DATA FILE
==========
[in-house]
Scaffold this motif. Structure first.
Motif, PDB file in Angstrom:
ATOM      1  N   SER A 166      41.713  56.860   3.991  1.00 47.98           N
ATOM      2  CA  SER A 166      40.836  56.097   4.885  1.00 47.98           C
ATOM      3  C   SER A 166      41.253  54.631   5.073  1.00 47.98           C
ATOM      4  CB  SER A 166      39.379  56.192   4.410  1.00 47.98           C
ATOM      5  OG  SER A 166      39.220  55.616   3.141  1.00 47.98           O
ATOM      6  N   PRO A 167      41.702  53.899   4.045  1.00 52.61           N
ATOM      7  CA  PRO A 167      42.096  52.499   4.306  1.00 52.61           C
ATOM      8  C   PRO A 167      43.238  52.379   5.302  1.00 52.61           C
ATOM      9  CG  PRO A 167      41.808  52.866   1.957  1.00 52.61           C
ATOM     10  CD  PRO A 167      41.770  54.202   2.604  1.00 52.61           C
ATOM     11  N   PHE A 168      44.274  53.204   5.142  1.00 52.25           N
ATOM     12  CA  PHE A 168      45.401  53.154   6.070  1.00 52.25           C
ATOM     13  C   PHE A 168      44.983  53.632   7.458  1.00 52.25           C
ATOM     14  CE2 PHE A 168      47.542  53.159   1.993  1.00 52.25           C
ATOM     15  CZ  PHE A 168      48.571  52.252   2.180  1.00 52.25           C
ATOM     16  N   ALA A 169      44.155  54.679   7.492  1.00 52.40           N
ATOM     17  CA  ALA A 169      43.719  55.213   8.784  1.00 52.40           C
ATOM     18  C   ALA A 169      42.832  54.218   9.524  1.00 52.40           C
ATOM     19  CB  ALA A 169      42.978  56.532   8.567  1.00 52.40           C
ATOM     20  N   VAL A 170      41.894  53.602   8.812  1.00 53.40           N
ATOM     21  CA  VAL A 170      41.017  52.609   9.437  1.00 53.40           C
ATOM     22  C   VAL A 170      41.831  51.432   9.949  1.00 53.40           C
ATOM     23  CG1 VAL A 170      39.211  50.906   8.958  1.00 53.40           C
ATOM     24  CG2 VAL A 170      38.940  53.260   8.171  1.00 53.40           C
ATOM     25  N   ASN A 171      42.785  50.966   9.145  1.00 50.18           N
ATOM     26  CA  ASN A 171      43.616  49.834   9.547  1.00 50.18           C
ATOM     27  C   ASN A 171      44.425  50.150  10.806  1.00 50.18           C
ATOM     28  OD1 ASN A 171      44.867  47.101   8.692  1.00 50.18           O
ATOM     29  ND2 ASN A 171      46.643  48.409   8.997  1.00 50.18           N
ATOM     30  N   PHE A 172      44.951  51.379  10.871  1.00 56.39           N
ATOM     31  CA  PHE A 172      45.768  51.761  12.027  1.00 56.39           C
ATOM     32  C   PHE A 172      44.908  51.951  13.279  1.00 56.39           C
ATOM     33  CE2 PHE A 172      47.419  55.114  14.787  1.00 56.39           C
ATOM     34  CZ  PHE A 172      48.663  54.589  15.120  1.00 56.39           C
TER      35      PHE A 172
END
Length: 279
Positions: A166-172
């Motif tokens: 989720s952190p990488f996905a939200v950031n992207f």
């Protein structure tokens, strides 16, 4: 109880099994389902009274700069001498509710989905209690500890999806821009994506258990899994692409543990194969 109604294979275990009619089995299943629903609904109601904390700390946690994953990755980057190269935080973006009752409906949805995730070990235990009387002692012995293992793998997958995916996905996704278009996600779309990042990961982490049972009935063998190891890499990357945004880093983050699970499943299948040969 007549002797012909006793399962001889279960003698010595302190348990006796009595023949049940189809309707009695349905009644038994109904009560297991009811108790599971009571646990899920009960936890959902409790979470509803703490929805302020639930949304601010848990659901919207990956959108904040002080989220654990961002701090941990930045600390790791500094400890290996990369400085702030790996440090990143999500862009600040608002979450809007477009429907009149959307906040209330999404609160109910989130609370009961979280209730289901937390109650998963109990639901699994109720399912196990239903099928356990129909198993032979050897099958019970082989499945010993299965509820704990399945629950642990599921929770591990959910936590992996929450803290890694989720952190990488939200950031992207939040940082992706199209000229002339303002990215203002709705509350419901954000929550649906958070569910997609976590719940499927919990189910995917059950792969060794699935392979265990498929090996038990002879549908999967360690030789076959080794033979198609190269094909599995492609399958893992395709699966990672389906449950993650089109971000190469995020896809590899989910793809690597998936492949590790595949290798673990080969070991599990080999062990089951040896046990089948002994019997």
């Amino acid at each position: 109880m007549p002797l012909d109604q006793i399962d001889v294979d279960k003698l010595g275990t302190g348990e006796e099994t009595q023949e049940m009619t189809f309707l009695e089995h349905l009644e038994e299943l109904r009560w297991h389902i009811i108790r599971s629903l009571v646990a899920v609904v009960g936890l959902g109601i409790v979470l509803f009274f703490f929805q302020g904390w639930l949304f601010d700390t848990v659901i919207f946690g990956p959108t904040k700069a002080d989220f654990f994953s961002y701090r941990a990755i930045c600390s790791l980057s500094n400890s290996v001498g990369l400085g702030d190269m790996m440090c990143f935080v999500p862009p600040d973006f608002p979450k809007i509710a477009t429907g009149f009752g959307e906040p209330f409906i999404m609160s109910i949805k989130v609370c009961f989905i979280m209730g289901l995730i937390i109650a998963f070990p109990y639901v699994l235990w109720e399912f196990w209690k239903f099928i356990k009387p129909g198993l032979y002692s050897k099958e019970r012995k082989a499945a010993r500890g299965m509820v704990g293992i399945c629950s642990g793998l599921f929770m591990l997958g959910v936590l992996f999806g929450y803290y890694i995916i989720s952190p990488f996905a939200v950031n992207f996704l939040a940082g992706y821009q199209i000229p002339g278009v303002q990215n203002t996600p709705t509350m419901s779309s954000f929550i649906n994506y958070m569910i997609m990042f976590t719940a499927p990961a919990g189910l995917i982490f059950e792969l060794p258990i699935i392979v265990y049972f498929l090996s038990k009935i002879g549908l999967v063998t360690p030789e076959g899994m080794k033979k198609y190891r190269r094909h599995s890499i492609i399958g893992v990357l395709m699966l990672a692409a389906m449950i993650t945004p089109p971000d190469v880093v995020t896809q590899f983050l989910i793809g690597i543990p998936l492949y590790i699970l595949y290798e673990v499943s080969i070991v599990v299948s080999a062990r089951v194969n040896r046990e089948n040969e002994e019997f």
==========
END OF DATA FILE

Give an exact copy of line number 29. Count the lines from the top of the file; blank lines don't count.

ATOM     26  CA  ASN A 171      43.616  49.834   9.547  1.00 50.18           C